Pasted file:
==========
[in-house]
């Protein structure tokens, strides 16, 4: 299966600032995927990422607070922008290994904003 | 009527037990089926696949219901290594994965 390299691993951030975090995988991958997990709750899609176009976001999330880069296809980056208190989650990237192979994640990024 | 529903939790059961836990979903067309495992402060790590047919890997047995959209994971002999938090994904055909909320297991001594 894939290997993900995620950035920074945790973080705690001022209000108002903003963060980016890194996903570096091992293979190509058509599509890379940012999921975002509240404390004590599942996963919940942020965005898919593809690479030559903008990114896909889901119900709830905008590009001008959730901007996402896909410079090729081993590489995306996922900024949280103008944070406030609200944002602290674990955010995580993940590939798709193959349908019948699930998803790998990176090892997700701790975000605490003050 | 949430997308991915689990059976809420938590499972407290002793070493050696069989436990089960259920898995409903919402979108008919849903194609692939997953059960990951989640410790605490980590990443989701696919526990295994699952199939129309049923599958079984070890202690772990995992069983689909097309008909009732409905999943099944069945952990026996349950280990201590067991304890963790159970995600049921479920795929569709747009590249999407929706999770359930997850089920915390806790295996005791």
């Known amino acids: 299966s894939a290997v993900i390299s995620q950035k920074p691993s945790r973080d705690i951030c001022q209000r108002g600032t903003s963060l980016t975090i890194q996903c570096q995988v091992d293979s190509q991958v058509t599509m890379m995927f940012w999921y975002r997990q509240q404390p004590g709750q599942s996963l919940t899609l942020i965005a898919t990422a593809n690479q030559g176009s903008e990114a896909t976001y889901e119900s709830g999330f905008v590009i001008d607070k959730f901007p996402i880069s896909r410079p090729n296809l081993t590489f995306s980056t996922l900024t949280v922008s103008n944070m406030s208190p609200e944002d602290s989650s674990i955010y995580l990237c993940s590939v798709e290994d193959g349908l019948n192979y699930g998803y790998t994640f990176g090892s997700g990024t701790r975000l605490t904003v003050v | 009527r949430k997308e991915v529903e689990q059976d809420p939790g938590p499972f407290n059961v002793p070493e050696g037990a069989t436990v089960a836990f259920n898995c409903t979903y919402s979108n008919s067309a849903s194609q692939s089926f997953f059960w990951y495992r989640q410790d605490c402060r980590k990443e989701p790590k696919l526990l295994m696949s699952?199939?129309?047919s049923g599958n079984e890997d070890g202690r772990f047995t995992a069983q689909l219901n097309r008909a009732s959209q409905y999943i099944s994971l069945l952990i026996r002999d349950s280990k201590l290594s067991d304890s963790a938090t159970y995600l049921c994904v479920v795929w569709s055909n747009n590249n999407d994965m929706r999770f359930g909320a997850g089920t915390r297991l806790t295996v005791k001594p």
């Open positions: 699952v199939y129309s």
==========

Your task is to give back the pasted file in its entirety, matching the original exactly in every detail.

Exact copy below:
[in-house]
């Protein structure tokens, strides 16, 4: 299966600032995927990422607070922008290994904003 | 009527037990089926696949219901290594994965 390299691993951030975090995988991958997990709750899609176009976001999330880069296809980056208190989650990237192979994640990024 | 529903939790059961836990979903067309495992402060790590047919890997047995959209994971002999938090994904055909909320297991001594 894939290997993900995620950035920074945790973080705690001022209000108002903003963060980016890194996903570096091992293979190509058509599509890379940012999921975002509240404390004590599942996963919940942020965005898919593809690479030559903008990114896909889901119900709830905008590009001008959730901007996402896909410079090729081993590489995306996922900024949280103008944070406030609200944002602290674990955010995580993940590939798709193959349908019948699930998803790998990176090892997700701790975000605490003050 | 949430997308991915689990059976809420938590499972407290002793070493050696069989436990089960259920898995409903919402979108008919849903194609692939997953059960990951989640410790605490980590990443989701696919526990295994699952199939129309049923599958079984070890202690772990995992069983689909097309008909009732409905999943099944069945952990026996349950280990201590067991304890963790159970995600049921479920795929569709747009590249999407929706999770359930997850089920915390806790295996005791």
């Known amino acids: 299966s894939a290997v993900i390299s995620q950035k920074p691993s945790r973080d705690i951030c001022q209000r108002g600032t903003s963060l980016t975090i890194q996903c570096q995988v091992d293979s190509q991958v058509t599509m890379m995927f940012w999921y975002r997990q509240q404390p004590g709750q599942s996963l919940t899609l942020i965005a898919t990422a593809n690479q030559g176009s903008e990114a896909t976001y889901e119900s709830g999330f905008v590009i001008d607070k959730f901007p996402i880069s896909r410079p090729n296809l081993t590489f995306s980056t996922l900024t949280v922008s103008n944070m406030s208190p609200e944002d602290s989650s674990i955010y995580l990237c993940s590939v798709e290994d193959g349908l019948n192979y699930g998803y790998t994640f990176g090892s997700g990024t701790r975000l605490t904003v003050v | 009527r949430k997308e991915v529903e689990q059976d809420p939790g938590p499972f407290n059961v002793p070493e050696g037990a069989t436990v089960a836990f259920n898995c409903t979903y919402s979108n008919s067309a849903s194609q692939s089926f997953f059960w990951y495992r989640q410790d605490c402060r980590k990443e989701p790590k696919l526990l295994m696949s699952?199939?129309?047919s049923g599958n079984e890997d070890g202690r772990f047995t995992a069983q689909l219901n097309r008909a009732s959209q409905y999943i099944s994971l069945l952990i026996r002999d349950s280990k201590l290594s067991d304890s963790a938090t159970y995600l049921c994904v479920v795929w569709s055909n747009n590249n999407d994965m929706r999770f359930g909320a997850g089920t915390r297991l806790t295996v005791k001594p």
């Open positions: 699952v199939y129309s």